Picture worth a thousand words?

Discussion in 'Revolver Handguns' started by Rich_C, Sep 27, 2008.

  1. Rich_C

    Rich_C New Member

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    Range Time (640x480).jpg
    Hello good people,I just can't find the words for how much I love my Ruger GP100.It Rocks!!
     
    Last edited: Sep 27, 2008
  2. Dillinger

    Dillinger New Member

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    Nice shooting Rich. When the Zombies come, I want you on MY side of the lines. ;)

    JD
     

  3. Rich_C

    Rich_C New Member

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    I'll Be there dude.

    Yeah not bad at 11yards.Was using 125 grain Remington 38's at the time.
    Have Hornady LEVERevolution 140gr 357's to protect Me and Mine.
     
  4. Dillinger

    Dillinger New Member

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    33 feet? More than enough distance. That's a great round, and it appears great shooting. That will flat sit a person, or a zombie, down on s/he ( its ) @ss...

    Good to have you on the forum brother.

    JD
     
  5. Rich_C

    Rich_C New Member

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    Thx for the warm welcome buddy.Stay Safe ,Rich
     
  6. SGT-MILLER

    SGT-MILLER New Member

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    Good shootin, Tex..............:cool:
     
  7. Rich_C

    Rich_C New Member

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    Thx SGT,Great Falls huh? Lived in Butte a few years.Beautiful country up there.
    stay safe,Rich
     
  8. Mark F

    Mark F New Member Supporter

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    Great shooting Rich!...
    This is my 44 Magnum at 25 yards sitting on a bench.

    [​IMG]

    I did this with my S&W 629 Hunter Plus. 7 1/2" barrel.

    I bet you can do every bit as good!
     
  9. Rich_C

    Rich_C New Member

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    Damn hot shooting Mark.
     
  10. Mark F

    Mark F New Member Supporter

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    Thanks Rich,

    Benchrest shooting will normally yield a tight group like this, assuming the ammo is good quality. That's also one advantage of a long barrel...

    Your Ruger GP100 yielded an IMPRESSIVE group for off-hand shooting! It also indicates you have EXCELLENT trigger control.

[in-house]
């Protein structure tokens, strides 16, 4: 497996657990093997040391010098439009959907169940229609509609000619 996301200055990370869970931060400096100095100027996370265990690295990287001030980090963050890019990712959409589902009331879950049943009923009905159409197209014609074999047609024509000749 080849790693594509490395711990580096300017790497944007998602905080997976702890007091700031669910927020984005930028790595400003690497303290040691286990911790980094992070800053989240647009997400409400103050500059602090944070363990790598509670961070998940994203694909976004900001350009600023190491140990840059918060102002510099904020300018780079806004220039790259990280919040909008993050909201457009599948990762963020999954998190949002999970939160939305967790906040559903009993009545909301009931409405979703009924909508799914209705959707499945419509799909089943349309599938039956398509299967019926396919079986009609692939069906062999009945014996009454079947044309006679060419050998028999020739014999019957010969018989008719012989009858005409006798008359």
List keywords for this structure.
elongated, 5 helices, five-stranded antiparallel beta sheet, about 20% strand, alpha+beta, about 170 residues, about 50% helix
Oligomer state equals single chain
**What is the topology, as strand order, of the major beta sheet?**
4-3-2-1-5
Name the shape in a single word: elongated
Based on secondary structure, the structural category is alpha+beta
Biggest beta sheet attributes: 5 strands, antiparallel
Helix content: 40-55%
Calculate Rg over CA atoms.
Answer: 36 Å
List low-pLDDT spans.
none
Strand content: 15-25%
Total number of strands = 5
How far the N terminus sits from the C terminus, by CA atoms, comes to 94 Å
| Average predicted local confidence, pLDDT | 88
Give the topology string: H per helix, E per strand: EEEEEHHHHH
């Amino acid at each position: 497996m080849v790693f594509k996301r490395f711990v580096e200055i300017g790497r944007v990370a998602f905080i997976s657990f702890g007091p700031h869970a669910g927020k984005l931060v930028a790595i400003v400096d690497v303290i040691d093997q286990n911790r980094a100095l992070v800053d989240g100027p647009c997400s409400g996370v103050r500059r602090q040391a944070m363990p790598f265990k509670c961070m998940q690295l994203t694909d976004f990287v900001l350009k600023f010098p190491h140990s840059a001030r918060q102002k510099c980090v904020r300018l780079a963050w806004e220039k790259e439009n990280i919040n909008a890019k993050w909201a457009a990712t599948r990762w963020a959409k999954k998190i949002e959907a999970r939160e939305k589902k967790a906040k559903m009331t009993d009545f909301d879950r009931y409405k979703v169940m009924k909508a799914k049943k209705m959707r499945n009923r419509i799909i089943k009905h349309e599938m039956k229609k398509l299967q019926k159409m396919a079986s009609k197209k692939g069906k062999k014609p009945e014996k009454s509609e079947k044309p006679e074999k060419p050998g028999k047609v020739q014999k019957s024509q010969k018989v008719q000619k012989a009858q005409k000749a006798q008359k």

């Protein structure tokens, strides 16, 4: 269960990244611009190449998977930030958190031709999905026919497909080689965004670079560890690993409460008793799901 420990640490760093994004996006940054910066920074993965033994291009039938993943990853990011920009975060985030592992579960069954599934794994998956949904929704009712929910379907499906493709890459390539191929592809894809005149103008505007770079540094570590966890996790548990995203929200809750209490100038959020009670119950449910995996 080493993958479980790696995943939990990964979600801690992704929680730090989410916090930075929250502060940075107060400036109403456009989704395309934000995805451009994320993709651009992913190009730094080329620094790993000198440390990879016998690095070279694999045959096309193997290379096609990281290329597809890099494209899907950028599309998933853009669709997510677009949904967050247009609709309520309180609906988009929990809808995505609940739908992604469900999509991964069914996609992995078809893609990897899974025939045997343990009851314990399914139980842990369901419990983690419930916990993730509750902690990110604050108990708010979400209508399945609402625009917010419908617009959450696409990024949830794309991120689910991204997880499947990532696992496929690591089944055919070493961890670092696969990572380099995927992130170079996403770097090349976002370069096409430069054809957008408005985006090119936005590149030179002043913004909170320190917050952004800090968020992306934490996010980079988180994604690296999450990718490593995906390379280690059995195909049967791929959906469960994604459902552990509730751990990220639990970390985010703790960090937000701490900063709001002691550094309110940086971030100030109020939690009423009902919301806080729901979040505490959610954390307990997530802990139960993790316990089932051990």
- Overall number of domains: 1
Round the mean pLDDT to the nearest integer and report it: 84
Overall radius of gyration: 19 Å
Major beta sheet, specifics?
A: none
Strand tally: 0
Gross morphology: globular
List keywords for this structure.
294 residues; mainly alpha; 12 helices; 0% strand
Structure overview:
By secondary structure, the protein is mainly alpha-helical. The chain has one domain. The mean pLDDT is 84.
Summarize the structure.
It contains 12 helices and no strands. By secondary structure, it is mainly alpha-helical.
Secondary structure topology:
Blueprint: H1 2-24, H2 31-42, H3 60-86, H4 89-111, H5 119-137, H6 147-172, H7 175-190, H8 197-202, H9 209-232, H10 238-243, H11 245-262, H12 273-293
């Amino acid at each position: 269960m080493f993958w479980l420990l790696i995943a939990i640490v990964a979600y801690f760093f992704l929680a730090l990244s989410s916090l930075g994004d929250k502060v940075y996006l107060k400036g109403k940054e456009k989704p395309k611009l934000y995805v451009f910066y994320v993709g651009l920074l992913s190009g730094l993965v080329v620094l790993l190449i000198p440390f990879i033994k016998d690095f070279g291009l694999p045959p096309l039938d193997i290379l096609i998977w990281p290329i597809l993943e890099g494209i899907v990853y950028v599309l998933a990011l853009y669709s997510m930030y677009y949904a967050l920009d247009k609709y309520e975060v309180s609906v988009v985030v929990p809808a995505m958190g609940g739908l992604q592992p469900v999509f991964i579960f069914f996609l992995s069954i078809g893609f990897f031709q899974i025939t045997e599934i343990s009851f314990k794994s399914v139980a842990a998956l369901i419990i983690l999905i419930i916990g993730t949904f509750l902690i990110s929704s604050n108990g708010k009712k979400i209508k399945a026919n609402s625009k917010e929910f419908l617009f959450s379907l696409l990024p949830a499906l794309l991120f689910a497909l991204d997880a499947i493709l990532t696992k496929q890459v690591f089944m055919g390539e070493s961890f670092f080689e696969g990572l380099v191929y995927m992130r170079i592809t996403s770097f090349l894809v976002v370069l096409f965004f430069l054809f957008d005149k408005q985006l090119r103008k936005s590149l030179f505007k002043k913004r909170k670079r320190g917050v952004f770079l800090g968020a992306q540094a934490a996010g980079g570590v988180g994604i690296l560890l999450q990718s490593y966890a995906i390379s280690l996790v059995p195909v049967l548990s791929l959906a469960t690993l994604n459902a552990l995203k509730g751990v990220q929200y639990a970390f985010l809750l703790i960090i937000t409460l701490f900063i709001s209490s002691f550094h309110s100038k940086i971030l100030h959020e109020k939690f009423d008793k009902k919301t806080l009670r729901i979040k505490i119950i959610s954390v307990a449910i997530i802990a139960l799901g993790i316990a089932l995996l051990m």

Last edited: Oct 6, 2008
  11. Rich_C

    Rich_C New Member

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    Thx Brother,haven't hit the sandbags yet.Just been using a two handed grip.
    Anyways thx again.
    Stay Safe Rich
     
  12. REDTAIL

    REDTAIL Member

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    44 Mag

    Mark I haven't seen shooting with a 44 like that since Harry Callahan. nice groups :D
     
  13. Mark F

    Mark F New Member Supporter

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    THANKS! A great gun, special reloads, and LOTS of practice.

    [​IMG]

    My Performance Center 44 Mag Hunter typically yields this type of shooting. Even a novice shooter can keep a 2" group with this gun.
     
    Last edited: Oct 22, 2008
  14. Northwoods

    Northwoods New Member

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    Nice shooting! Practice shows on the targets.
     
  15. stetson

    stetson New Member

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    I've always been a fan of ruger revolvers.That's some fine shooting !!! I like
    my old security -six !
     
  16. flbandit

    flbandit New Member

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    Man, I'm not about to show my target :D! Good shooting guys! I think I need more practice.
     
  17. Mark F

    Mark F New Member Supporter

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    It's not how much you shoot, but how well you shoot. I try to make EVERY shot perfect. The most difficult part of perfect shot placement is how you work the trigger. Learn to use your finger tip, and not your 1st knuckle. Your finger tip gives you much better trigger control. Some people tend to over-grasp their revolver. This is not going to yield good shot placement. You should hold your revolver firm, but not so firm that it affects your trigger pull.

    Another common problem is, most shooters have an "anticipation of ignition". In other words, most people jerk their pistol in anticipation of a shot being fired. You'll never have a tight group if you "anticipate" your shot and jerk the revolver. This is very difficult to overcome. The easiest way to overcome this, is to have someone else load your revolver while leaving one chamber empty. When you attempt to fire on the empty chamber, your "anticiaption" will be obvious as you will shake or lift the revolver. Teach yourself not to anticipate your shots, but just let the hammer strike happen, regardless if it fires or NOT.

    With good technique and practice, you will easily have every shot touching one another on your target.
     
    Last edited: Oct 27, 2008
  18. Mark F

    Mark F New Member Supporter

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    Part Two:

    Do not blink when you fire your revolver. Blinking comes from "anticipation" of ignition.